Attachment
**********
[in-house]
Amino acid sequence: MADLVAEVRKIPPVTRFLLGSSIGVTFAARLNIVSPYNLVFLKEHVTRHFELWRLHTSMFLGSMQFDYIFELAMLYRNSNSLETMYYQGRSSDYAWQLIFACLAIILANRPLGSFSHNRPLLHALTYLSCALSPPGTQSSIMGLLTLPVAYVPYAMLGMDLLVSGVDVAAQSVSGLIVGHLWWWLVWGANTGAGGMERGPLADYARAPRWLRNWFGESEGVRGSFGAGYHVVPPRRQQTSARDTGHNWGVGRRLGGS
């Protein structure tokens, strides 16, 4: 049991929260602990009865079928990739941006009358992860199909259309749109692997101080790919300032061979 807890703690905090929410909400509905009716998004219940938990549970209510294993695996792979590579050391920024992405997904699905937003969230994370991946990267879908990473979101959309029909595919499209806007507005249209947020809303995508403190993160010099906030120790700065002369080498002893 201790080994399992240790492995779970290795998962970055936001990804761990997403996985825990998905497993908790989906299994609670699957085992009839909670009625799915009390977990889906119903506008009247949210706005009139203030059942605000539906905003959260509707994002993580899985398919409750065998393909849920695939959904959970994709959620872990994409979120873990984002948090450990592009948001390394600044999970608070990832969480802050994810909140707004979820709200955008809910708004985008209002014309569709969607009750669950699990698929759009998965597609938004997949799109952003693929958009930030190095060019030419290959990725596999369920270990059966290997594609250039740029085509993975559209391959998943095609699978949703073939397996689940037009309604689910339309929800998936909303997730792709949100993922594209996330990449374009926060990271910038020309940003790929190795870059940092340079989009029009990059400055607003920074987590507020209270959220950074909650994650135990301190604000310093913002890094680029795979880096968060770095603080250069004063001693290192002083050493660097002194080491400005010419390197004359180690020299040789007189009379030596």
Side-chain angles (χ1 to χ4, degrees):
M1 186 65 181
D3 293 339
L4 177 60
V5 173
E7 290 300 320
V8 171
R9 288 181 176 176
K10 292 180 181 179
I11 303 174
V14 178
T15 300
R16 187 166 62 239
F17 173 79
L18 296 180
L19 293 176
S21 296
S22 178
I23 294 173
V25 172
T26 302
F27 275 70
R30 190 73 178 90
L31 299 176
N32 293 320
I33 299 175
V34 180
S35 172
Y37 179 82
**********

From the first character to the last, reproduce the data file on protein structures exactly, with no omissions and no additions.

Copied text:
[in-house]
Amino acid sequence: MADLVAEVRKIPPVTRFLLGSSIGVTFAARLNIVSPYNLVFLKEHVTRHFELWRLHTSMFLGSMQFDYIFELAMLYRNSNSLETMYYQGRSSDYAWQLIFACLAIILANRPLGSFSHNRPLLHALTYLSCALSPPGTQSSIMGLLTLPVAYVPYAMLGMDLLVSGVDVAAQSVSGLIVGHLWWWLVWGANTGAGGMERGPLADYARAPRWLRNWFGESEGVRGSFGAGYHVVPPRRQQTSARDTGHNWGVGRRLGGS
């Protein structure tokens, strides 16, 4: 049991929260602990009865079928990739941006009358992860199909259309749109692997101080790919300032061979 807890703690905090929410909400509905009716998004219940938990549970209510294993695996792979590579050391920024992405997904699905937003969230994370991946990267879908990473979101959309029909595919499209806007507005249209947020809303995508403190993160010099906030120790700065002369080498002893 201790080994399992240790492995779970290795998962970055936001990804761990997403996985825990998905497993908790989906299994609670699957085992009839909670009625799915009390977990889906119903506008009247949210706005009139203030059942605000539906905003959260509707994002993580899985398919409750065998393909849920695939959904959970994709959620872990994409979120873990984002948090450990592009948001390394600044999970608070990832969480802050994810909140707004979820709200955008809910708004985008209002014309569709969607009750669950699990698929759009998965597609938004997949799109952003693929958009930030190095060019030419290959990725596999369920270990059966290997594609250039740029085509993975559209391959998943095609699978949703073939397996689940037009309604689910339309929800998936909303997730792709949100993922594209996330990449374009926060990271910038020309940003790929190795870059940092340079989009029009990059400055607003920074987590507020209270959220950074909650994650135990301190604000310093913002890094680029795979880096968060770095603080250069004063001693290192002083050493660097002194080491400005010419390197004359180690020299040789007189009379030596």
Side-chain angles (χ1 to χ4, degrees):
M1 186 65 181
D3 293 339
L4 177 60
V5 173
E7 290 300 320
V8 171
R9 288 181 176 176
K10 292 180 181 179
I11 303 174
V14 178
T15 300
R16 187 166 62 239
F17 173 79
L18 296 180
L19 293 176
S21 296
S22 178
I23 294 173
V25 172
T26 302
F27 275 70
R30 190 73 178 90
L31 299 176
N32 293 320
I33 299 175
V34 180
S35 172
Y37 179 82